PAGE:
Privacy-preserving computation on blockchains could prevent breaches
In the 19th century, the barons of American industries rose to prominence by leveraging their hold on tangible resources like oil and steel. Today, corporate titans seek to attain even greater heights of wealth by gathering consumer data. But now, like then, the benefits of accumulating such resources come paired with a significant business risk: spillage.
Like oil spills, data leaks — regardless of whether they occur accidentally or as a result of hacker interference — can cause companies and consumers significant financial, legal and political harm. Consider the fallout at Facebook earlier this year. In April, the phone numbers, full names, email addresses and locations of 533 million users were shared to a hacking forum, prompting an outcry from consumers and governments alike.
Facebook is far from alone in its security woes. In 2020 alone, there were 1,001 reported data breaches and more than 155 million people were adversely affected by data exposures. These leaks are an expensive and time-consuming problem for businesses. One 2020 report from IBM found that the average cost of a breach topped $8.64 million and typically took 280 days to resolve, though those metrics vary by industry.
Despite the expense and PR woes, many businesses would argue that the benefits data provides are worth the risk of multi-million dollar exposure. Research has demonstrated that big data empowers businesses to make better strategic decisions, reduce costs, improve operational processes and gain a better understanding of their customers — all of which facilitate higher profits.
Blockchain is the savior
Avoiding security risks by not using data simply isn’t an option. So, the question is: How can companies make the most of the competitive advantage data provides without putting themselves at undue risk of financial, legal and PR disaster?
The answer lies with privacy-preserving computation on the blockchain.
This solution might seem counterintuitive at first. After all, blockchain transactions reach consensus in public and are designed to be transparent and publicly accessible — two characteristics that run counter to companies’ data security goals. It’s the blockchain paradox: Users can either share data to achieve new insights that benefit society as a whole or isolate data into protected silos that safeguard individual privacy.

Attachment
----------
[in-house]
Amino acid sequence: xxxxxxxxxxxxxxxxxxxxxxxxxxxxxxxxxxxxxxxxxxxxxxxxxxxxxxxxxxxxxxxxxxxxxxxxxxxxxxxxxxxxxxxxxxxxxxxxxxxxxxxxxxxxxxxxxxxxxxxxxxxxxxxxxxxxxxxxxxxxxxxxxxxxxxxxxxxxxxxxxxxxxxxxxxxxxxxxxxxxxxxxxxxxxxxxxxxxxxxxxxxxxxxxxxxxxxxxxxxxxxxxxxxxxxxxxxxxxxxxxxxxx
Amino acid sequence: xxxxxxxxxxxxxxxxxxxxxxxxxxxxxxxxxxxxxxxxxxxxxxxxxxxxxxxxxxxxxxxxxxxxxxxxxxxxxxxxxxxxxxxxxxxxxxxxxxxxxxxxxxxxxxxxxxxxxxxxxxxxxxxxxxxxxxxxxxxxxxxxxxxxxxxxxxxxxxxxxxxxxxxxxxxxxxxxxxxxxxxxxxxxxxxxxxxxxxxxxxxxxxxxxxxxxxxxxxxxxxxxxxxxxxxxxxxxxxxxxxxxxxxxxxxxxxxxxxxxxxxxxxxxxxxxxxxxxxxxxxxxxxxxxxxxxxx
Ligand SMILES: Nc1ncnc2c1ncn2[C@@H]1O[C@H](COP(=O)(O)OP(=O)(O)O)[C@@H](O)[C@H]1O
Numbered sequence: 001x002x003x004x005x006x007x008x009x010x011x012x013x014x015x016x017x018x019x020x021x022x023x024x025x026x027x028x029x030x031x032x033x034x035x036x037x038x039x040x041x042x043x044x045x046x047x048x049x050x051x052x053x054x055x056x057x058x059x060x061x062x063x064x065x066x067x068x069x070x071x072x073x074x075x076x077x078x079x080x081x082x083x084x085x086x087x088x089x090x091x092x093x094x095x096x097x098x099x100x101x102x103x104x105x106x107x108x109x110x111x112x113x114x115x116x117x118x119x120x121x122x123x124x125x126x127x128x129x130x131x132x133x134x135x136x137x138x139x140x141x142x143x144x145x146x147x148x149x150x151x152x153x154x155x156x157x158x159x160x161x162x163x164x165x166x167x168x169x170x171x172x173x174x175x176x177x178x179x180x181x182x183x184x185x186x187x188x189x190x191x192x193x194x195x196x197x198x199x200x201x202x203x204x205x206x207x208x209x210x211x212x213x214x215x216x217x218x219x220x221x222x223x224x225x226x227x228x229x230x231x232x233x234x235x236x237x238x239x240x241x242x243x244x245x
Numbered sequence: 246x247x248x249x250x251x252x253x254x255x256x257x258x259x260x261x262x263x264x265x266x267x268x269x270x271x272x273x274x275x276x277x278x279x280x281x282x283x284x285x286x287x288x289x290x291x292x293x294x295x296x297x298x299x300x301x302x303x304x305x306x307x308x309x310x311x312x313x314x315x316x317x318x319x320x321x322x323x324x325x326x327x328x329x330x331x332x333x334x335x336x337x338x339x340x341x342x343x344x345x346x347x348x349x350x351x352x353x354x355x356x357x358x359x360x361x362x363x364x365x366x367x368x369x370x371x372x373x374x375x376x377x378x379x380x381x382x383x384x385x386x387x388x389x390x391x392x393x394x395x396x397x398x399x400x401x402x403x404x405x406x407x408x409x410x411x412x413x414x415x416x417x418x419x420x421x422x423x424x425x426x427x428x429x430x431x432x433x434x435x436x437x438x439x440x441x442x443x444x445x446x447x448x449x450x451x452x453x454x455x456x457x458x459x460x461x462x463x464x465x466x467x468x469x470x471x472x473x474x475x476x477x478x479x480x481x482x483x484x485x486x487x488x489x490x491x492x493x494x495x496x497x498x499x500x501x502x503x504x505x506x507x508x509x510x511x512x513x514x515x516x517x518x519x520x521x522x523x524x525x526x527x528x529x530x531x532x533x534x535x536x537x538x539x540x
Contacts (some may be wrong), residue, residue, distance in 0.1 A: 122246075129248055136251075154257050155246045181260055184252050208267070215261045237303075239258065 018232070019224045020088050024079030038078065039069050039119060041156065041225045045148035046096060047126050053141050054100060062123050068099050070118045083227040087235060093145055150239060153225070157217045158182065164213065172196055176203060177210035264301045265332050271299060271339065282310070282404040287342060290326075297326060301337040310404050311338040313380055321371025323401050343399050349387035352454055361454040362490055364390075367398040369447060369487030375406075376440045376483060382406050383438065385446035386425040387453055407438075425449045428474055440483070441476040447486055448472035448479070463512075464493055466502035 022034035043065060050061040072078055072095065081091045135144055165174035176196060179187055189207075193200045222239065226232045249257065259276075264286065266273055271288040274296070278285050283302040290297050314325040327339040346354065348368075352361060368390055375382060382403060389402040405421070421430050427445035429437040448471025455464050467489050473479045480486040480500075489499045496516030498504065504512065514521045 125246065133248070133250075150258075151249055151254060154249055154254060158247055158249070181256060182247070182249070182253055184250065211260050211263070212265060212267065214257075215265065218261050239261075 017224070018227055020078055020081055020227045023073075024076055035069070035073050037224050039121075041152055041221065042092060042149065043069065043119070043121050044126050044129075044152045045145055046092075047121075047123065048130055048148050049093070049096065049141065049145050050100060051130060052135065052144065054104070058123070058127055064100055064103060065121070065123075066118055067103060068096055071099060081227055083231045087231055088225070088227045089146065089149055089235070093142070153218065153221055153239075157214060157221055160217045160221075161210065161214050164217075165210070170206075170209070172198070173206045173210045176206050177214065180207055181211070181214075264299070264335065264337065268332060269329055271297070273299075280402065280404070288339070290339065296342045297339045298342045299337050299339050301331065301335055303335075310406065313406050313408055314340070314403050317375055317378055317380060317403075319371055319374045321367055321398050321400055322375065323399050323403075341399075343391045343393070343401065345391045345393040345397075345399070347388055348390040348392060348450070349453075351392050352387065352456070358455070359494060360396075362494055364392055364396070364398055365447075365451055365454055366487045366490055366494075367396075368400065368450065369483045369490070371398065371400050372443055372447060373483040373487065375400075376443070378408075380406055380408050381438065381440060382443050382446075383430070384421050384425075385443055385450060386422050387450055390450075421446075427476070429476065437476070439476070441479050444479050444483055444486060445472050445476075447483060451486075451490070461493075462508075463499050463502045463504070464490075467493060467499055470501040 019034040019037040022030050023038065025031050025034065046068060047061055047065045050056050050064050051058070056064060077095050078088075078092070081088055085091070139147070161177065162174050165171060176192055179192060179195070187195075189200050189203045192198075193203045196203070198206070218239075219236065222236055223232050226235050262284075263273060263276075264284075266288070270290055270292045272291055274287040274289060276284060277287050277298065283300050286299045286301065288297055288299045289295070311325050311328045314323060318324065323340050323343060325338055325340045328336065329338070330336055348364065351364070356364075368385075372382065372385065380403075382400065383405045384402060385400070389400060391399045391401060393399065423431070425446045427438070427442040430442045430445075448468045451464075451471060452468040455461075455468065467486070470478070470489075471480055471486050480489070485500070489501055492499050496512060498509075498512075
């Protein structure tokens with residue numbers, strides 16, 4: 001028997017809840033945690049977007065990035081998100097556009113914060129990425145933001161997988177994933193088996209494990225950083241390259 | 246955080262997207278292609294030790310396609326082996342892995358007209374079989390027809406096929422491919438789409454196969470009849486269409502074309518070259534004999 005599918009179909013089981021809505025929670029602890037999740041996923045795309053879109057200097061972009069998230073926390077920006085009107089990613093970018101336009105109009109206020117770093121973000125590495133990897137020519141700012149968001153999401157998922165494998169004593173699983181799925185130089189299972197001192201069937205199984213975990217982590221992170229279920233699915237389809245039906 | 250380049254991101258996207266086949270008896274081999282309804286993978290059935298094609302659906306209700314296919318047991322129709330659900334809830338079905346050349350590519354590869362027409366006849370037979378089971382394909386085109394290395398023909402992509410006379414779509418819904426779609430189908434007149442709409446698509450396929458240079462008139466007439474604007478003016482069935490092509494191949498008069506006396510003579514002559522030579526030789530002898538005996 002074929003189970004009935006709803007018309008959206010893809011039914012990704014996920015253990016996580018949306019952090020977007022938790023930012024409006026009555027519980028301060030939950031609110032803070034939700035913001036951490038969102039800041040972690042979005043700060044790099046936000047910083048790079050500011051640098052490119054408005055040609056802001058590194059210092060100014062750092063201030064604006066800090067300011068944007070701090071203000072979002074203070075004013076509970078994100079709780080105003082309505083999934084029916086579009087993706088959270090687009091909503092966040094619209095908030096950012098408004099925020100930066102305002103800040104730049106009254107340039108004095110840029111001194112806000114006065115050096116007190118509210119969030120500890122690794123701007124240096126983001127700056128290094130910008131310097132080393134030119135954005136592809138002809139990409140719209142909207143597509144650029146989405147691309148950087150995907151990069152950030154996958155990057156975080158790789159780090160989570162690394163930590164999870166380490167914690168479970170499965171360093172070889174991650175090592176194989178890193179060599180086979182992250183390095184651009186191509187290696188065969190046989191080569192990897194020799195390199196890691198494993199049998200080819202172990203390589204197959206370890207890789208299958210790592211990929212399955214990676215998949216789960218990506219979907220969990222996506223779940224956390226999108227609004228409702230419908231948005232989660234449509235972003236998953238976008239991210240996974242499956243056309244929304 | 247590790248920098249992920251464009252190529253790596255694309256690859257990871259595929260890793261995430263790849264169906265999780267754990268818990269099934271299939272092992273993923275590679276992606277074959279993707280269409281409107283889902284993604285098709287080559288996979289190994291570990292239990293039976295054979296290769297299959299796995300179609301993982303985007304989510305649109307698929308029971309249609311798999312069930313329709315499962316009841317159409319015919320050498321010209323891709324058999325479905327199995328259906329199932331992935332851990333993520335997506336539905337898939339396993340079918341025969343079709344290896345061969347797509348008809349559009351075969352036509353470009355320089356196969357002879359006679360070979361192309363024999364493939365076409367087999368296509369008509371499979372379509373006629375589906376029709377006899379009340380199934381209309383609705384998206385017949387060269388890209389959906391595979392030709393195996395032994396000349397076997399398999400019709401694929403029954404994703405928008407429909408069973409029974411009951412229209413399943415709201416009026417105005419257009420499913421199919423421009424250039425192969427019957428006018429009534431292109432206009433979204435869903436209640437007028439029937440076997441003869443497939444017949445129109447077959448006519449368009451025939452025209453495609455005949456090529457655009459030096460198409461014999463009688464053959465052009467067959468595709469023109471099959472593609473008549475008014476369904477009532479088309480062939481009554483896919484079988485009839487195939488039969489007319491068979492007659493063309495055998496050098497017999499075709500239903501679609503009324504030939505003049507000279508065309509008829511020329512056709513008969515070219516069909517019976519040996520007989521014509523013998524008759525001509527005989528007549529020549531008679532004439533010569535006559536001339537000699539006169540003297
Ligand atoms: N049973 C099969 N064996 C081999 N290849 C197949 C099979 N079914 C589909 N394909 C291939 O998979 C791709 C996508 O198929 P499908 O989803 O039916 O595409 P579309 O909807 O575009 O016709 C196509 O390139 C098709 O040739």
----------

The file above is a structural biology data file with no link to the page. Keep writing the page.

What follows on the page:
In recent years, the emergence of privacy-preserving computation has presented a third option. With verifiable computation, findings can be audited publicly to prove correctness outside of the main blockchain network, thereby eliminating the exposure risks posed by transparency. Moreover, by integrating privacy-preserving computation as a layer-two solution and outsourcing the work to external nodes, this security measure can be applied without adding an undue burden or cost to a company’s primary blockchain network.
In practice, integrating this security measure means that companies can have their cake and eat it too. By incorporating blockchain into data management strategy, businesses can drastically lower the risk of breach and its associated fallout.
While there is limited research to uphold the value of layer-two, privacy-preserving computation specifically, preliminary literature on blockchain-based security indicates the technology’s potential as a privacy measure. In 2020, one review published in Sustainability found:
“The integration of [blockchain technology] in the industry can ensure data confidentiality and integrity, and should be enforced to preserve data availability and privacy.”
However, companies that adopt privacy-preserving computation and other blockchain-based security measures don’t just benefit from improved security, they also have a transformative opportunity to bolster interoperability within industries that have historically been hamstrung by the threat of data insecurity.
Healthcare as an example
In the sector, data-sharing between providers, health networks and third-party researchers is crucial. However, patient privacy regulations have made information transmission difficult. Notably, many healthcare providers were stuck using outdated fax machines for years because their advanced electronic systems weren’t interoperable enough to securely transmit patient information.